Competition in U.S. internet access markets, despite some concerns, seems to have spurred some of the most-aggressive speed upgrades ever. According to Ookla, U.S. fixed network access speeds have averaged more than 50 Mbps for the first time, ever.
Between 2015 and 2016, fixed network internet access speeds grew more than 40 percent.
One might be tempted to argue that it is gigabit access offers from Google Fiber, AT&T or Comcast and other cable operators that are driving the speed upgrades. That is unlikely. There simply are not enough actual gigabit customers to affect national trends. Where gigabit and other speeds are sold, it seems unlikely that more than single digits worth of customers actually buy.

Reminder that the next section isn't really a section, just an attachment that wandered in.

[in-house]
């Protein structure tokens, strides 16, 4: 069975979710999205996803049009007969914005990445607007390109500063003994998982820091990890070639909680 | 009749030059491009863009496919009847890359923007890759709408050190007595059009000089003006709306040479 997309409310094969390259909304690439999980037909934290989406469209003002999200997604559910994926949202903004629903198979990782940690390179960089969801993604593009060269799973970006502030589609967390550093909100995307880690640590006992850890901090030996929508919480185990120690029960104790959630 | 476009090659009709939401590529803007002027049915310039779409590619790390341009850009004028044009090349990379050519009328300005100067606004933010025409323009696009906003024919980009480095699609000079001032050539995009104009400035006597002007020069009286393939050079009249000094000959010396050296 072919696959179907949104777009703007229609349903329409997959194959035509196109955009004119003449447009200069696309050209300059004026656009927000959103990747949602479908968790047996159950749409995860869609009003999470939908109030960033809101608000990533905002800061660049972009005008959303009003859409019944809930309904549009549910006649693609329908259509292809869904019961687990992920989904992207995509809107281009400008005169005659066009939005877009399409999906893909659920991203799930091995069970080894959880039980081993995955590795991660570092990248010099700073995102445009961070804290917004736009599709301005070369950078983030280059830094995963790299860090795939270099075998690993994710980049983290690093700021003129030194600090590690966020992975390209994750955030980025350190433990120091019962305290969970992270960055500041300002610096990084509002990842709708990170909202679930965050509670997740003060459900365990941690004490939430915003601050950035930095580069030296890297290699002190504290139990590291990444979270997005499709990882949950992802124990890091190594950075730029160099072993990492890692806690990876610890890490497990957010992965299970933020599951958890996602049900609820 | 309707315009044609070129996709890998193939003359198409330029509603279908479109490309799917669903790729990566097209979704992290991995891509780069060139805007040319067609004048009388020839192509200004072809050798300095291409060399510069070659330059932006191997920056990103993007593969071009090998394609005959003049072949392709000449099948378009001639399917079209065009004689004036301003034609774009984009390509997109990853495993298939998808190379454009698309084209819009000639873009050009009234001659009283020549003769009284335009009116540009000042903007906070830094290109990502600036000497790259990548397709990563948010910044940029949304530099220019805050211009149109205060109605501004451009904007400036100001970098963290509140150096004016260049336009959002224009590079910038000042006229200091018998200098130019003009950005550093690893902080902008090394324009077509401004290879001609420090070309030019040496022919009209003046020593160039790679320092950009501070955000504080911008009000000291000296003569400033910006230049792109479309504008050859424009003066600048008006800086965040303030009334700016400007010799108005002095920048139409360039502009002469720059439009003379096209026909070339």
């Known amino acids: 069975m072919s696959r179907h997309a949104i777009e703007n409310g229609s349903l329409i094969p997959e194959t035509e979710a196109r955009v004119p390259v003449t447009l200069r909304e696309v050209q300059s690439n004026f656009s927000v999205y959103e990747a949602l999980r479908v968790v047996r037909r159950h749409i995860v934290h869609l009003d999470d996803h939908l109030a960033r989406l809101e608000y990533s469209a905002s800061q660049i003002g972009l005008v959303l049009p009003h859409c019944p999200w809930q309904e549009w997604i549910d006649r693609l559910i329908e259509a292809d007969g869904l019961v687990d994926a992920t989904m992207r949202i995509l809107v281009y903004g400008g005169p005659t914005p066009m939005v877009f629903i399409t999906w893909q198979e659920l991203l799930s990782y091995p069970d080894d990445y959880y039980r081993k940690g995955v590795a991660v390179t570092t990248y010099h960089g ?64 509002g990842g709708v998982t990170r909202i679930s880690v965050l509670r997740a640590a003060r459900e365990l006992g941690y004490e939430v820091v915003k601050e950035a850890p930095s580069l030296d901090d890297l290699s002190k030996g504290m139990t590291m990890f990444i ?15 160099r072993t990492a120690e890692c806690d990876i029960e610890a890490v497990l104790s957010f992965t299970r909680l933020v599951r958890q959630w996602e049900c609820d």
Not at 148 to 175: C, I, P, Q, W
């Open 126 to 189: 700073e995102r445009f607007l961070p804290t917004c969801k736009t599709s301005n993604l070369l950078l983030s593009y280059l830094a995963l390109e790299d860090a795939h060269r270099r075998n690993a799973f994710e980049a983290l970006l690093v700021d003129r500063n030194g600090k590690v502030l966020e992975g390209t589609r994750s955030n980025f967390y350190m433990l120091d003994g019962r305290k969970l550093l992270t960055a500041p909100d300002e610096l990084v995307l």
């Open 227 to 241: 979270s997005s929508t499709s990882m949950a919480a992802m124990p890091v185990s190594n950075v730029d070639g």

Instead, the key shift is upgrades by cable operators, particularly upgrades into the hundred-megabit range.
Mobile speeds also have grown by more than 30 percent since 2015 with an average download speed of 19.27 Mbps in the first six months of 2016.